Monday, 22 July 2013

The Secret Life of Uri Geller: a review

This documentary, shown on BBC2 21 July 2013, described how the psychic and entertainer Uri Geller, had had connections to various secret services since the 1970s.

A lot of the programme is confusing. It appears to be a number of interviews with people describing events that they cannot prove, or they make references to events that they're not allowed to talk about. A documentary about a subject that no one's willing to talk about is a frustrating one.

And the reason I call it confusing is because I can't tell if the maker is a supporter of psi, but is just generally ill-informed, or is a debunker of psi and has placed little mistakes throughout the programme as clue. Or, indeed, was unconcerned if it was true or not, and was just presenting a story.

For example, the soundtrack mostly works to undermine the narrative. Music from shows like The Twilight Zone, The X-Files, Dr Who (and even Monty Python!) plays in the background as people describe their experiences. Similarly, some of the captions are a little strange: Dr Kit Green is shown talking from “an undisclosed location” as if to breathlessly emphasise how secret this all is.

Some of these examples of secrecy are peculiar, for example Russell Targ's refusal to show the programme-makers the report they submitted to the CIA about Uri Geller. This report was declassified a long time ago.

The claims made for the research into remote viewing are not challenged. Targ describes Pat Price's success rate as “seven matches out of nine” for an experiment, but the original report shows six.

And these early experiments were beset by methodological issues. For example, the judges went (separately) to each location in turn to judge the session notes, and they were told to stand at a specified place at each location. Who chose this place is never made clear, and there's the risk that if it was chosen by someone who knew the targets and the contents of Price's session notes, they could have chosen the places based on that.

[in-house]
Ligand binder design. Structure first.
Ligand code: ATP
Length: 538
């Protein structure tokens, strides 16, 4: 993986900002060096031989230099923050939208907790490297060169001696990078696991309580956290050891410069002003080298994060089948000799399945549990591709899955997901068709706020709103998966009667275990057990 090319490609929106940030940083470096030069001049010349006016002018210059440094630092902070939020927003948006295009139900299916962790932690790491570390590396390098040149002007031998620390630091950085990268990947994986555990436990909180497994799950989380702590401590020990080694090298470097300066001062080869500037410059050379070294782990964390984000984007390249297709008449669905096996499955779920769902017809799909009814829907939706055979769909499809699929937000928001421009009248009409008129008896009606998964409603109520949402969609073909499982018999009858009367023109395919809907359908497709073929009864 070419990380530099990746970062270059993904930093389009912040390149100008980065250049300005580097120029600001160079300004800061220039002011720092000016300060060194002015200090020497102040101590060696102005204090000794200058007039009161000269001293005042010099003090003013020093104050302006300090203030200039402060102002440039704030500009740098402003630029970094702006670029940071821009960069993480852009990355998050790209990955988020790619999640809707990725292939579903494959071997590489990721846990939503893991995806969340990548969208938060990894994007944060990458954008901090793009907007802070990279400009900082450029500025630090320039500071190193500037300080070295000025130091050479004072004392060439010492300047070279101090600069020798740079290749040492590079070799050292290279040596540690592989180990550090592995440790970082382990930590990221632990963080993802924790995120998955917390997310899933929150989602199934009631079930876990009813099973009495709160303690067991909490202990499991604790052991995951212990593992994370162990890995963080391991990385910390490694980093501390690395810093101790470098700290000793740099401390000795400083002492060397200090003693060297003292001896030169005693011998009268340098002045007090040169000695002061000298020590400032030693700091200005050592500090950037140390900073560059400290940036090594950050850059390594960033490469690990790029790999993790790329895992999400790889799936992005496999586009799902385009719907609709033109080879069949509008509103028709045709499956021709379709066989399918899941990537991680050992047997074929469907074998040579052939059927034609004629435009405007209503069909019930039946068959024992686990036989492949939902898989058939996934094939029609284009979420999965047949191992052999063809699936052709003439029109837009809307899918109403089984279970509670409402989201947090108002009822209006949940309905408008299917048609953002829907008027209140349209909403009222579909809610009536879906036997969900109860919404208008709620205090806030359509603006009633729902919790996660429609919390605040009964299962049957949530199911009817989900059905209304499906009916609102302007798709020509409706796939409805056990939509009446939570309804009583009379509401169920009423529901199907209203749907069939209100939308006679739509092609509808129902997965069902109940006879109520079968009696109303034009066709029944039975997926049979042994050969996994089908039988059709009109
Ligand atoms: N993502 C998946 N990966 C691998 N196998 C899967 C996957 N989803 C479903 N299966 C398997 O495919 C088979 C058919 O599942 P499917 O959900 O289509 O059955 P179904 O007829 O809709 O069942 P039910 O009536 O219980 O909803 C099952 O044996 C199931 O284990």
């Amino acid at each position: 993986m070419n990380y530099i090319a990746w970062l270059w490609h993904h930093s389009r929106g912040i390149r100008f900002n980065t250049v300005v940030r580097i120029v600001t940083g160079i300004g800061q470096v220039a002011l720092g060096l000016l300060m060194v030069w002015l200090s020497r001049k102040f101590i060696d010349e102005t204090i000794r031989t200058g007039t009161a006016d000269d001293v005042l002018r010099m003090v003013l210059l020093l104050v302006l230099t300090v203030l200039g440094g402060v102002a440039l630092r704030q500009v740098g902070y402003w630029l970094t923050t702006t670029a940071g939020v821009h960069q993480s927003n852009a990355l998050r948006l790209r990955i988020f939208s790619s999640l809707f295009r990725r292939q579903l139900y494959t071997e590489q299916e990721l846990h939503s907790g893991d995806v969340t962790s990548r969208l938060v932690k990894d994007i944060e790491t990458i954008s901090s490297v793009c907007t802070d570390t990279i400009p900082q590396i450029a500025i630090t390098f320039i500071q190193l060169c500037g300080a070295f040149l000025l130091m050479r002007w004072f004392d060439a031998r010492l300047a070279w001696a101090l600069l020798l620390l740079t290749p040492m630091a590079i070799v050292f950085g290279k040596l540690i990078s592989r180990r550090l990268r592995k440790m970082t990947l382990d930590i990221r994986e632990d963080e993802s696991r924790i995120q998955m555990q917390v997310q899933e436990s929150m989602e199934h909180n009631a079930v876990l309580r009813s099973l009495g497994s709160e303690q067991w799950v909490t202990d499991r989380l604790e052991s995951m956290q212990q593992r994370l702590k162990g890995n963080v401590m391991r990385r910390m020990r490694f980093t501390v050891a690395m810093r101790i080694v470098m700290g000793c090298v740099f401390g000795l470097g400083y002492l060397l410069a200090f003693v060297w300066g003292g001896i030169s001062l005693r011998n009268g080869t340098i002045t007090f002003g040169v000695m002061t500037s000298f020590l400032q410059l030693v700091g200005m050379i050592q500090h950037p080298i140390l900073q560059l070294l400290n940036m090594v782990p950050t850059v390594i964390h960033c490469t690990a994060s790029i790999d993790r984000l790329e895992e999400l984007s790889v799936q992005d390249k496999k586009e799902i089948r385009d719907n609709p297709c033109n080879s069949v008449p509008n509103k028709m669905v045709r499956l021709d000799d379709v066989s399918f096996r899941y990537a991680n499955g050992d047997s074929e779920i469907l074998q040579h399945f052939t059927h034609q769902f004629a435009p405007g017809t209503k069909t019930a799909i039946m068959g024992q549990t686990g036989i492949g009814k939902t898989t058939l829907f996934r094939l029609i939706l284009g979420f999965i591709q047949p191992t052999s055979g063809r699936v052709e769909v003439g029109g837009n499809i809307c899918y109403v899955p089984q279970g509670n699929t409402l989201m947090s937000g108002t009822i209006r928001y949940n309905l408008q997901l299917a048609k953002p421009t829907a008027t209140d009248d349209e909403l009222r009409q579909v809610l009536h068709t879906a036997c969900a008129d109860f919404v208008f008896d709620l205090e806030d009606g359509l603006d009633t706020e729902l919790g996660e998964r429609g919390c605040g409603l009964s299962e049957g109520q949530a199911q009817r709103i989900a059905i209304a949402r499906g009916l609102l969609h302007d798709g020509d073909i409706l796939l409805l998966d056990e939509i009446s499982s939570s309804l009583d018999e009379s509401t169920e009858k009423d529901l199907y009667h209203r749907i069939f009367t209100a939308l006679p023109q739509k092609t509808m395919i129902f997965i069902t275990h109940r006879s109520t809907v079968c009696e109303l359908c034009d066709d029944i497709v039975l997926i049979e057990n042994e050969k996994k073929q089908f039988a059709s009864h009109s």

Another error is amongst some quick cuts meant to give an impression of the kind of successes the remote viewing project had. One of the sketches is matched with a round brick building. Except that this wasn't the target at all: it should've been the Louisiana Superdome, and that should be obvious from the written report. The meaning behind this juxtaposition of genuine RV session notes and fictional target makes no sense to me. Was this the documentary-maker's post-modern way of saying the truth isn't important: we write our own stories that we can believe?

The problem trying to find documented evidence of the kinds of claims in this documentary is that often the claim is of a nature that wouldn't be documented in the first place, such as the CIA's suspicions that Geller was just a magician sent by Mossad to fool the CIA into thinking that psychic powers existed.

Geller was never told that the SRI work was being financed by the CIA (although if he was genuinely psychic, I'm sure he would've known about it anyway) and on 22 June 1974 an internal memo stated that the parapsychology work at SRI would only continue if certain conditions were met. One of those conditions was that Uri Geller should not be involved.

I don't doubt that there are people in the military – as in all walks of life – who believe in psychic powers and want to use them to their advantage. And I wouldn't at all be surprised if, in the days after 9-11, someone tried to contact those remote viewers again. But did psychics really have a long history of successes during the government program? You won't find out by watching this show.

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